Habitat: In brackish conditions, within and behind mangrove swamps, rooted in the mud below high tide level, often as large clumps on mounds, sometimes forming large stands. Also in inland freshwater swamps and marshes, around lake margins, at low altitudes.

Distribution: A pantropic species known from most humid tropical areas of the world, especially those with mangrove formations. In Papuasia not as widespread as the following species, most specimens of which were assigned to Acrostichum aureum in the past.

Notes: See note under Acrostichum speciosum

Specimens examined

East Sepik: Cape Moem, Wewak, Johnston s.n.; Leitre Village, Sayers in NGF 18074
Morobe: Lake Wanum, Garett-Jones in ANU 21006; Lake Yanamugi, Garrett-Jones in ANU 21186; Wagan Swamp, Floyd in NGF 5661, Wandumi Village, Wau, Kairo & Streimann in NGF 30938; Saporo River, Zigura, Luly & Noble in ANU 29340
Central: Port Moresby, Waigani, Pulsford & Gebo in UPNG 2202
Northern: Cape Killerton, Hoogland 3259
Milne Bay: Normanby Island, Miadeba, Croft 499
New Britain: KoimumuVillage, Cape Hoskins, Floyd in NGF 6489

Acrostichum speciosum Willd.

Caudex stout and erect to 5 x 10 cm, bearing polished, dark brown scales to 5 x 10 cm, spreading onto the stipe bases. Frond to 30 - 150 cm tall but mostly less than 1 m, stipe to 50 cm long, 3 - 8 mm diameter, pinnae on stalks to 1 cm long, lanceolate to oblong-lanceolate, to 2 - 4 x 10 -20 cm, apex attenuate or acute or acuminate, base asymmetric, cuneate to rounded cuneate, margin entire, coriaceous, glabrous, midrib grooved above, strongly prominent below, veins with areoles roughly elongated at 50 - 70 degrees to the midrib, apical pinna similar to lateral pinnae, sessile and often slightly decurrent; when fertile the apical few pinnae slightly contracted, completely covered with sporangia beneath, sometimes only the apical half of a pinnae fertile, sporangia mixed with paraphyses with many-lobed apical cells.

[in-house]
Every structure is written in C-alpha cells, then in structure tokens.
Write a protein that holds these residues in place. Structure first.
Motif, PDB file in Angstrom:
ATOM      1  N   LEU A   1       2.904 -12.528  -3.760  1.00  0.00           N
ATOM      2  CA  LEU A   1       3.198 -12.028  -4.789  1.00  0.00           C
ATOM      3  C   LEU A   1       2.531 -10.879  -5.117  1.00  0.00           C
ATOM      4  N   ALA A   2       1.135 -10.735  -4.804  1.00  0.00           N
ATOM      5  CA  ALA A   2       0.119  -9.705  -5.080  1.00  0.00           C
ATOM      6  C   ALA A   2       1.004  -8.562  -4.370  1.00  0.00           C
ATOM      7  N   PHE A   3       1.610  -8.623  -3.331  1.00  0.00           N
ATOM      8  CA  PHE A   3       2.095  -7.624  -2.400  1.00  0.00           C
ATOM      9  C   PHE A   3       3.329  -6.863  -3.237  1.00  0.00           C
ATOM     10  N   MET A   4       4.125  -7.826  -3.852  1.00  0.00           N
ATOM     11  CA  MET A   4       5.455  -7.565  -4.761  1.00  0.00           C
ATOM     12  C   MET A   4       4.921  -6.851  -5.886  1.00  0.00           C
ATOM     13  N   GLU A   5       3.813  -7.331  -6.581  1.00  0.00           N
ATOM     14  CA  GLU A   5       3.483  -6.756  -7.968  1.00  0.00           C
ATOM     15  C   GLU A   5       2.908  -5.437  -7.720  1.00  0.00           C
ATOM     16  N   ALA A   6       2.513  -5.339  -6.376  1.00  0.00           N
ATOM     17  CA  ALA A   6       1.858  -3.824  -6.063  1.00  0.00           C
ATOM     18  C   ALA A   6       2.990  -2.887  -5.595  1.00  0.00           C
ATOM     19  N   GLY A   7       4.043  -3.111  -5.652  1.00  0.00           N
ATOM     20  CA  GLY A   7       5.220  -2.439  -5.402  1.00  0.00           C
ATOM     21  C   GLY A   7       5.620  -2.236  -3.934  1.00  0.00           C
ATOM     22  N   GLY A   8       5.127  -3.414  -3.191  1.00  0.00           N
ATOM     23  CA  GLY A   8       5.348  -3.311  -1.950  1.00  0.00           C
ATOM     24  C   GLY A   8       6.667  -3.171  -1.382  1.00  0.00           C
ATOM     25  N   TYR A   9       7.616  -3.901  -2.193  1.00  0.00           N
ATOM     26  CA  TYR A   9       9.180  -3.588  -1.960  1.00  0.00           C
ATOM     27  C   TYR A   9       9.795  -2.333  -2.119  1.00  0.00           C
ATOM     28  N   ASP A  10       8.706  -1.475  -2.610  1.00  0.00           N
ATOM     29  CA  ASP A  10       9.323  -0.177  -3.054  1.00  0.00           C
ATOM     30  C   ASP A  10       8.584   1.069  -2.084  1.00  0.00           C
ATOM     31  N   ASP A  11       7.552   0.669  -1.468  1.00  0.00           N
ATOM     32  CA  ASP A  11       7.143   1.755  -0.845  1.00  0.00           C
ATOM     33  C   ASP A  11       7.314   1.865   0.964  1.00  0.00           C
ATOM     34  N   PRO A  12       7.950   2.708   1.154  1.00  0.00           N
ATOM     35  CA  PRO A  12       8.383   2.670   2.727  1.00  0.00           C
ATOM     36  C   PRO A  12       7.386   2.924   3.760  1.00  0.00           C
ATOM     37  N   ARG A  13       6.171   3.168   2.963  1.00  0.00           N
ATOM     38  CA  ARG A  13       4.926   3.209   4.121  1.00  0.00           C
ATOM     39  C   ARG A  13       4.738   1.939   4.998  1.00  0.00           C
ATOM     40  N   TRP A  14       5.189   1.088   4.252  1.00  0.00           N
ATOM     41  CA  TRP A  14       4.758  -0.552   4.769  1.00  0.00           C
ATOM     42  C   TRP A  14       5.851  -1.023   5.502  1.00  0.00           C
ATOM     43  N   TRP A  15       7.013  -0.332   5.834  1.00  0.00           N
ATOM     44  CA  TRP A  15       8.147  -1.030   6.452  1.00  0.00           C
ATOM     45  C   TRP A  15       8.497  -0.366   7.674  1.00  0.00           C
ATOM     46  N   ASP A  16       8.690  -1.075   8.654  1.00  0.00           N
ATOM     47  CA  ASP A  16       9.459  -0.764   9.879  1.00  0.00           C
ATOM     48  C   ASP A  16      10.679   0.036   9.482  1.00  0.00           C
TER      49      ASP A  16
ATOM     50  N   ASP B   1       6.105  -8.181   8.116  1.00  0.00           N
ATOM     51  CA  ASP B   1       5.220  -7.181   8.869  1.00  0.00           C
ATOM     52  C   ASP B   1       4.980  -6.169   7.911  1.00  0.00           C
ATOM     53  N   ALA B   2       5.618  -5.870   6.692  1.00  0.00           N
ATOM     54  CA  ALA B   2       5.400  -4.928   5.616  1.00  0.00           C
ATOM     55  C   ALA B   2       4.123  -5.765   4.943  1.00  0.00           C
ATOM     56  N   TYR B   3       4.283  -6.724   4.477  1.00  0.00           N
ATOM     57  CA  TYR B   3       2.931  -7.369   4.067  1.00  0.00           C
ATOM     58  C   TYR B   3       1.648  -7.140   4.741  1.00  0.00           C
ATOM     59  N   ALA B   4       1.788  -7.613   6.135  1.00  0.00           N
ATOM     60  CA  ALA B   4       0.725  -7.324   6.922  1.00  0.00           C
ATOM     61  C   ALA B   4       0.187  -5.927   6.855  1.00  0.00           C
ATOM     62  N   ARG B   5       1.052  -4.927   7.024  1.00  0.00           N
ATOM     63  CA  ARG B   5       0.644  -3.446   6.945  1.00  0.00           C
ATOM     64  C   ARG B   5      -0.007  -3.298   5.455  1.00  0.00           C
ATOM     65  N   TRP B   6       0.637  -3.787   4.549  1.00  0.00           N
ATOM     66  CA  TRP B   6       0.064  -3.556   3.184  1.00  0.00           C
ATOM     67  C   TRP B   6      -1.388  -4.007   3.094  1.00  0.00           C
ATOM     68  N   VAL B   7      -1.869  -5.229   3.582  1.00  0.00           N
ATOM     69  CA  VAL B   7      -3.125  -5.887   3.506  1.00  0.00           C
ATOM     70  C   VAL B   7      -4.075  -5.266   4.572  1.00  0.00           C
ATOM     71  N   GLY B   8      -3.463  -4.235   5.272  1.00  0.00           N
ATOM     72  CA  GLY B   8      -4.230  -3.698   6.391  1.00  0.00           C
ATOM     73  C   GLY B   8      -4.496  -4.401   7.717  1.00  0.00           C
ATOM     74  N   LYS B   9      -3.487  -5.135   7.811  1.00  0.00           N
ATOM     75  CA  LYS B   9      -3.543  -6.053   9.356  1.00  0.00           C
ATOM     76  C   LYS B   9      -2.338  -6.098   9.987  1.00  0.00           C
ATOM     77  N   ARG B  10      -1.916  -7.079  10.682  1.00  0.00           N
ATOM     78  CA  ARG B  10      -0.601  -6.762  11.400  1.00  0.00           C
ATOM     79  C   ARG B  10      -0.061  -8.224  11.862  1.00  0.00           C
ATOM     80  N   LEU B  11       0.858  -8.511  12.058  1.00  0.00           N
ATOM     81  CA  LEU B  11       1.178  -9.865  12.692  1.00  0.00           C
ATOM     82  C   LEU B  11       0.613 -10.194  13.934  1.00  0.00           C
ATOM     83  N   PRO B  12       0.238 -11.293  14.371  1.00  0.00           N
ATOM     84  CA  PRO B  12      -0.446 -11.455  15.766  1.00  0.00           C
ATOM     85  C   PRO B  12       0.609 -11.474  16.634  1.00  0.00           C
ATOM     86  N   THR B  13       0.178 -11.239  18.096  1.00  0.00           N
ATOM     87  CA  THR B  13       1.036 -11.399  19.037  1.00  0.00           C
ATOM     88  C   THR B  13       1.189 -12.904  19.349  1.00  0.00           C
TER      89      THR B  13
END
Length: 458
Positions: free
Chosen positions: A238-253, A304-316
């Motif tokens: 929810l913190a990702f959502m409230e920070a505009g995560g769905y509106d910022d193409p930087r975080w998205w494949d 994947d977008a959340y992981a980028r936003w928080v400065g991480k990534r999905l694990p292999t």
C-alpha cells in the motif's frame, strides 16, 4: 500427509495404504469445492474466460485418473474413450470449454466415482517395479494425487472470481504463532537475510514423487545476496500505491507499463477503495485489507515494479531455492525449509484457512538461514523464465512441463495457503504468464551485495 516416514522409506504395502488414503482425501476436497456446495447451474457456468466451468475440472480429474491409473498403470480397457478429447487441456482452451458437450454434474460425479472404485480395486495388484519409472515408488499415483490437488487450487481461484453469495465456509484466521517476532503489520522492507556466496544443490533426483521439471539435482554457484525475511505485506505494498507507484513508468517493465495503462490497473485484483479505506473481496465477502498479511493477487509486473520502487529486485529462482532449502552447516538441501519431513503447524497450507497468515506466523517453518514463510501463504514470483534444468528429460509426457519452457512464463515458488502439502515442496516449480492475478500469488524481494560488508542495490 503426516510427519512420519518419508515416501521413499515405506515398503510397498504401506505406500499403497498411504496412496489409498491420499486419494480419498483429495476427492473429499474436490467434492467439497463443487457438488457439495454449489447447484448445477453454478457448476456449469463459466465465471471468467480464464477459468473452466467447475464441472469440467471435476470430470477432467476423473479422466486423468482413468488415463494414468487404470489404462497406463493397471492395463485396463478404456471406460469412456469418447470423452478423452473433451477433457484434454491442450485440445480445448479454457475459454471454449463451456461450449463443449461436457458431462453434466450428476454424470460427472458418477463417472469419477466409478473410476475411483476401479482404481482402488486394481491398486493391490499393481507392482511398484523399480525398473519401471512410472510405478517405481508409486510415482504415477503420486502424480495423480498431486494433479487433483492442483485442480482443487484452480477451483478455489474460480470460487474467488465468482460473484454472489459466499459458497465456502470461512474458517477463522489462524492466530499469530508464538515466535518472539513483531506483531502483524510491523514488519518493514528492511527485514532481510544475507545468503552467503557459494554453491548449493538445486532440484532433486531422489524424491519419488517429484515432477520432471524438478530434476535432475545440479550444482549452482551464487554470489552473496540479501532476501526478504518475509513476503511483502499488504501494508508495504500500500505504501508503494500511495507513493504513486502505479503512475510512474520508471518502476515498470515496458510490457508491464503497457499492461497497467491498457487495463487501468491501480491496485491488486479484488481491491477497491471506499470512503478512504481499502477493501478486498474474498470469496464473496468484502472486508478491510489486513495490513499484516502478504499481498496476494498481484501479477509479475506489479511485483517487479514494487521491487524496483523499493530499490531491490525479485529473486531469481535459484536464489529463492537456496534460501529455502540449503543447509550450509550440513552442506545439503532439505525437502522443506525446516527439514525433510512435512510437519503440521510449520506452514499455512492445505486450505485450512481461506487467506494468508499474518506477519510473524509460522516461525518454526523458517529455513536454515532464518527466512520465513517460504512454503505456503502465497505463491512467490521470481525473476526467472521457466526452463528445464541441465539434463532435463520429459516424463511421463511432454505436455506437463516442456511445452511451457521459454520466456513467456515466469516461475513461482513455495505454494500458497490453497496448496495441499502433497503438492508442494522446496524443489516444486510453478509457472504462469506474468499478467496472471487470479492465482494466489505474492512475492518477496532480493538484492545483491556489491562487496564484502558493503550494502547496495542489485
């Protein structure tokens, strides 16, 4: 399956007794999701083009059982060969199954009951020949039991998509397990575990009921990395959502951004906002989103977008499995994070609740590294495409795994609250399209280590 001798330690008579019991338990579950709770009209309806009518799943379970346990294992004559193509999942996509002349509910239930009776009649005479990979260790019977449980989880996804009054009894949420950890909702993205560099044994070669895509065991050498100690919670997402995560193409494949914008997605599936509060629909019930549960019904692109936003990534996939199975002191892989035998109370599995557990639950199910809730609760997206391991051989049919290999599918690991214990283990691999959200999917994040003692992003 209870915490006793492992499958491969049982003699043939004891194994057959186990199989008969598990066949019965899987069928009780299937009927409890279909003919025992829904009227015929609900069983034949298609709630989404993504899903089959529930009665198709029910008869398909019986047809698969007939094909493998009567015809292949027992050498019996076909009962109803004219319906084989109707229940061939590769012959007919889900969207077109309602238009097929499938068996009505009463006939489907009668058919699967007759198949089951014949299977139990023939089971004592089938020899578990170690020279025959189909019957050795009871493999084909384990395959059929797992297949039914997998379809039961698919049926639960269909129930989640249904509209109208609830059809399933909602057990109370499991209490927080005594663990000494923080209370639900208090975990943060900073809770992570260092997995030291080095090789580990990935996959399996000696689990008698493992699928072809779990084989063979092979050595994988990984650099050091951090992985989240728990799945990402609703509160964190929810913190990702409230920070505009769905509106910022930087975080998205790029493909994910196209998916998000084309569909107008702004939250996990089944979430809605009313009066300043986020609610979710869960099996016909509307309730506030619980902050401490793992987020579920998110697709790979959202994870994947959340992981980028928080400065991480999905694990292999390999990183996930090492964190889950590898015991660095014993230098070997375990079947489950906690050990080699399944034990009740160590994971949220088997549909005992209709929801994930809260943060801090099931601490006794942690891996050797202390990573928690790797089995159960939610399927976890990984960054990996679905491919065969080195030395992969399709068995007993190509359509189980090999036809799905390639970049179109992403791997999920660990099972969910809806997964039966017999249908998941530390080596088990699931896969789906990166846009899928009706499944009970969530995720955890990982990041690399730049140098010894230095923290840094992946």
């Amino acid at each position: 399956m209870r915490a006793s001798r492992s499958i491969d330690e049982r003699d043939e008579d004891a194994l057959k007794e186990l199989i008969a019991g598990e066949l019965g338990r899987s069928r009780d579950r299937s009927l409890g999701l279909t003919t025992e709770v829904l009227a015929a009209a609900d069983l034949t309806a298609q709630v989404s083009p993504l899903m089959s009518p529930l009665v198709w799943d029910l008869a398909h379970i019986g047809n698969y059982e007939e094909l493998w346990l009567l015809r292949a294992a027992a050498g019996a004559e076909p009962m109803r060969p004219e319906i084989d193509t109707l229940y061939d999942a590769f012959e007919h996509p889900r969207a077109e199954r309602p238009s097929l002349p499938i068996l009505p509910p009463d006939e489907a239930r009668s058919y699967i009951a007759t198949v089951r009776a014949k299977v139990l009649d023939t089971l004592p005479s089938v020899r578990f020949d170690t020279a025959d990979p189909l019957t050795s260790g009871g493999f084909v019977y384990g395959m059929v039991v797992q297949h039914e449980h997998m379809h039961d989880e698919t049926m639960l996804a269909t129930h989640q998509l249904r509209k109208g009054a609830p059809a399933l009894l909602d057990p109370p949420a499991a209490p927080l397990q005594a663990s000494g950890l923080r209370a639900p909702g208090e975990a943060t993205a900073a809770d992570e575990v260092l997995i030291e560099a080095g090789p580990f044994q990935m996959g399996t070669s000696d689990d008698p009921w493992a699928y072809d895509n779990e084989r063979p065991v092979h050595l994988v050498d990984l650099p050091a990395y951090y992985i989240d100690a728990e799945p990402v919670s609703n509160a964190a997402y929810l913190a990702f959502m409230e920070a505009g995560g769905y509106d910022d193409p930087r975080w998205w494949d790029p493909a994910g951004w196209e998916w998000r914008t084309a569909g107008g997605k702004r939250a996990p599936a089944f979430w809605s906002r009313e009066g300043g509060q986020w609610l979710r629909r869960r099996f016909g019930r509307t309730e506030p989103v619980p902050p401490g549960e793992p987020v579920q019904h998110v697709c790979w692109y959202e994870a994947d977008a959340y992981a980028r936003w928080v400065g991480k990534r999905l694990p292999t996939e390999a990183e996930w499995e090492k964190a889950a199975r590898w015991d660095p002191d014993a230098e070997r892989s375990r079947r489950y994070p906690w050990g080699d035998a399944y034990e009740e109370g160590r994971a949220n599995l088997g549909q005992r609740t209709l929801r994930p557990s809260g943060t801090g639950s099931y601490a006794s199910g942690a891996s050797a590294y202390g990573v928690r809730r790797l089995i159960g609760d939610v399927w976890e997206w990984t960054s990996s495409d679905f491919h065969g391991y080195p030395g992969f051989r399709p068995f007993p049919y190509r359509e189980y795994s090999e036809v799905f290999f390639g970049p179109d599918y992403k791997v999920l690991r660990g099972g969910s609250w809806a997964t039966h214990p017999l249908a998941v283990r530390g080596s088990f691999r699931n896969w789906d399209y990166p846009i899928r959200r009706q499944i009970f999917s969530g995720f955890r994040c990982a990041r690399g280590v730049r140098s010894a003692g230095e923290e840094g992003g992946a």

Habitat: Similar to Acrostichum aureum, but tending to prefer more exposed mangrove situations, or in limestone crevices along coral coasts. Generally abesent from inland freshwater situations.

Distribution: This species is restricted to tropical and southeast Asia and northern Australia. In Papuasia it has been collected from most coastal regions. It is more often collected than Acrostichum aureum.

Notes: The two species of Acrostichum are very closely related and are sometimes difficult to separate, especially in the absence of a range of adequate material. In the past all specimens were included under Acrostichum aureum, but generally speaking it is possible to assign specimens to on or other of the species with very little uncertainty.

Specimens examined:

Irian Jaya: Manokwari, Schram in BW 995
Madang: Madang, Coode & Katik in NGF 32744, Croft 13
Morobe: Buso, Palis 20; Fly Islands, Moi 139, Rau 578; Natter Bay, Croft 402
Western: Daru, Pokihian MP 45
Gulf: Kerema Bay, Croft in LAE 61220; Purari River delta, Schodde & Craven 4481, Croft in LAE 61204
Central: Aroma, Gauropa, Rau 473; Galley Reach, Leach s.n.; Kupiana, Marshall Lagoon, Huxley & Rayner in UPNG 5650
Northern: Cape Killerton, Hoogland 3258; Tufi, Komabun Village, Hoogland 4181
Milne Bay: Cape Vogel, Menapi, Brass 21835; Rossel Island, Jinju, Brass 28538; Sudest Island, Rambuso, Brass 28100
New Britain: Cape Hoskins, Koimumu Village, Floyd in NGF 6489
New Ireland: Kaut Harbour, Coode & Katik in NGF 29854; Lavongai (New Hanover), Boiku, Womersley & Richardson in NGF 7971, Cape Enterance, Croft & Lelean in LAE 65399, 65400
Manus: Rambutyo Island, Panesilu, Croft 1166
Solomons: Kolombangara, Braithwaite in RSS 4494